• The copy will take some time to complete. Once it has finished, the name of the destination volume will have changed to be the same as that of the original. This could be a bit confusing so eject the original volume.
  • You could change the name of the new volume but there is a risk (call that bitter experience!) that Time Machine will see this as a different disk and instead of carrying on as before, start a fresh backup and discard the backup history you were trying to retain in the first place. My preference was to simply eject the original volume before resuming Time Machine. After all, if the copy has been successful, the old one will no longer be required and after a decent period of mourning (just to be on the safe side) the old disk can be repurposed.
  • Back in System Preferences, turn Time Machine on. Enter Time Machine and check that you can browse the backup history. Do a sample file restore to check everything is working as it should. If that checks out, let it perform a backup cycle, afterwards checking that the backup history can still be accessed and restored from.

And that’s it. I won’t pretend this is a quick procedure. For some people it won’t even be necessary. You’ll need to consider whether you really need to keep a long range of backups stretching back a year or more. You could always keep the original disk somewhere safe for a while and allow Time Machine to start afresh with the new disk.

Lastly, if you do try either of the above methods, you do so at your own risk. What worked for me might not work for someone else. Before you undertake any file management activities make sure you have a robust backup of any important data.

Moving Time Machine files

My Macs use Time Machine for backups. The external disk I use to back up my MacBook Air was full up. What Time Machine does when this happens is to delete the oldest backups to make room for new ones. It does this automatically and is alright as far as it goes. The thing is, I didn’t want to loose my older backups just yet so I needed a bigger disk. As it happens, the disk I was using was actually a partition of a bigger disk, so all I had to do was re-partition the disk from two to one. Simples!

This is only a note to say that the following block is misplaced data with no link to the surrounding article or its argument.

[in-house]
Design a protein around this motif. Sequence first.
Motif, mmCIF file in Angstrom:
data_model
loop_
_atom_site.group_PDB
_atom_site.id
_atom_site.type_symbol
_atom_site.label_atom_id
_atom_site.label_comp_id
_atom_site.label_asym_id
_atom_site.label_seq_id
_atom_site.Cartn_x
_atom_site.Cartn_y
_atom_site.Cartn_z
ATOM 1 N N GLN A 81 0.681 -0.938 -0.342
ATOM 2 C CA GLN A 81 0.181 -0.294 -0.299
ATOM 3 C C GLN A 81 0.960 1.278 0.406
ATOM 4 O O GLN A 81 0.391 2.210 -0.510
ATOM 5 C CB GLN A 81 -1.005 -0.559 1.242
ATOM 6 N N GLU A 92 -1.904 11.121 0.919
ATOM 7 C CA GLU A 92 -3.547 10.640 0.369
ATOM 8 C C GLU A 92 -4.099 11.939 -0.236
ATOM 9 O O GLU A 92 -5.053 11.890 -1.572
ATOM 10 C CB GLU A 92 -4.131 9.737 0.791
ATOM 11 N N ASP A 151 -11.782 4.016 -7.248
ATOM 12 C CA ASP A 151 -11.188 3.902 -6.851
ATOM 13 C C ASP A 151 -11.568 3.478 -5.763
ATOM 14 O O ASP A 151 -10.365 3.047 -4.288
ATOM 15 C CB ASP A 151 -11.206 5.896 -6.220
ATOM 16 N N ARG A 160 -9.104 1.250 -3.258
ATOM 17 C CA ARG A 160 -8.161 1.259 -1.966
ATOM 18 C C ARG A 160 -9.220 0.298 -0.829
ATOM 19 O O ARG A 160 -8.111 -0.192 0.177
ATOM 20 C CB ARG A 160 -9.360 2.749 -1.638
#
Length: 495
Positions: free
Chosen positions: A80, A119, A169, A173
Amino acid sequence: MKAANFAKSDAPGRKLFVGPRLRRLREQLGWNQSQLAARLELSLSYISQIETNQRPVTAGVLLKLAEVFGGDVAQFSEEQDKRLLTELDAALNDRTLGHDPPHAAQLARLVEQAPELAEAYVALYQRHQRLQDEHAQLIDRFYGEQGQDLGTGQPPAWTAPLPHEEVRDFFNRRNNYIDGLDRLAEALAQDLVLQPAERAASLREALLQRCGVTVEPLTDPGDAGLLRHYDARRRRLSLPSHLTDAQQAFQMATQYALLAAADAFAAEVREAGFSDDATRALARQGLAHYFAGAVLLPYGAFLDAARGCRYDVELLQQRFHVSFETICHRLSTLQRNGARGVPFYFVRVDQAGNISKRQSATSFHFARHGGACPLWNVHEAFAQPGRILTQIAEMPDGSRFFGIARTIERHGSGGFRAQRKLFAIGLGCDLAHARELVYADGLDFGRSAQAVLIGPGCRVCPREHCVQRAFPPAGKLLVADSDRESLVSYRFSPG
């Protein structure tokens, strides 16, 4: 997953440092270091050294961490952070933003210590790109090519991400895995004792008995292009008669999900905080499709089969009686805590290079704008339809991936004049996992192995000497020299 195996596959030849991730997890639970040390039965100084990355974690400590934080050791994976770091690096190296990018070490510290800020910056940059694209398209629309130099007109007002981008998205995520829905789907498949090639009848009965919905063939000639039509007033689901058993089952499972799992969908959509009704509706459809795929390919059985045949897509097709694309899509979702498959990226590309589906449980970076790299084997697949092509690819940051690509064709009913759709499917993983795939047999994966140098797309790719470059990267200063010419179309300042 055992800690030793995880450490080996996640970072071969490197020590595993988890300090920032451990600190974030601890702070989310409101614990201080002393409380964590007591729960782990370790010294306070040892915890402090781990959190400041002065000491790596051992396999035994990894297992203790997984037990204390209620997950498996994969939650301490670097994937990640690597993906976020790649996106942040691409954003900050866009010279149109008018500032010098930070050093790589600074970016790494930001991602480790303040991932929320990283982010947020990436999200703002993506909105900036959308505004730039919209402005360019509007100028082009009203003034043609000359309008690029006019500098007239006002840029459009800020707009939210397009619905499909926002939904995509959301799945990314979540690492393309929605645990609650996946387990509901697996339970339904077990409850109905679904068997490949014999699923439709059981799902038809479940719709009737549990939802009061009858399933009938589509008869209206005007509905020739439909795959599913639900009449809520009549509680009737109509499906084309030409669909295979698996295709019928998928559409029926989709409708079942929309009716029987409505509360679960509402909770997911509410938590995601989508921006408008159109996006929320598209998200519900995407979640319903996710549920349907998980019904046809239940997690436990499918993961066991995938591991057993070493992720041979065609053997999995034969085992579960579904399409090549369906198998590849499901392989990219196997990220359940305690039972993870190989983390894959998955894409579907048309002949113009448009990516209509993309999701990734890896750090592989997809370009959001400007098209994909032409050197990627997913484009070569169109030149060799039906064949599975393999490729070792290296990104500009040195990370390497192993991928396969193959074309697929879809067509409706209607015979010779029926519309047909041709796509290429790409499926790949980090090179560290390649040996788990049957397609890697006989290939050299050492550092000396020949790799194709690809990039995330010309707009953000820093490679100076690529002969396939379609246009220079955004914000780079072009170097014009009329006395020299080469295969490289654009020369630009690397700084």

Well no, actually. Partitioning destroys the data on the disk, so I needed to copy the existing backup elsewhere first, repartition the disk and copy it back. Luckily I had another external disk with a free partition that was just big enough to take the existing backup. Apple says you can just copy the Backups.backupdb file using Finder. Opinion is divided on this, Apple says you can. I says you can’t.

I tried. The copy took many hours (which I expected) but stopped dead with about 10GB to go. I left it overnight, just in case it decided to finish in its own good time, but the following morning it was still the same. So I dug out Carbon Copy Cloner (my weapon of choice for cloning tasks) to do a block-by-block copy of the old disk to the temporary one. Better! Now I’m not one to take things like this on trust so I pointed Time Machine at the temporary disk and restored a really old file. Tick.

That left me free to re-partition the “real” backup disk and copy the backup back (huh?) Just for the hell of it, this time I tried Apple’s method on the newly partitioned disk. It worked but it didn’t. Back in Time Machine I could see files in the backup library but they would’t restore. That wasn’t much use! So, back to CCC and a block-copy back again. This time when I pointed Time Machine at the volume I was able to test restore several files from random points in the past. So I have a working backup which I can restore from, with plenty of capacity for future Time Machine backups. Incidentally, none of the foregoing was difficult, it just took a bit of time.

Job done.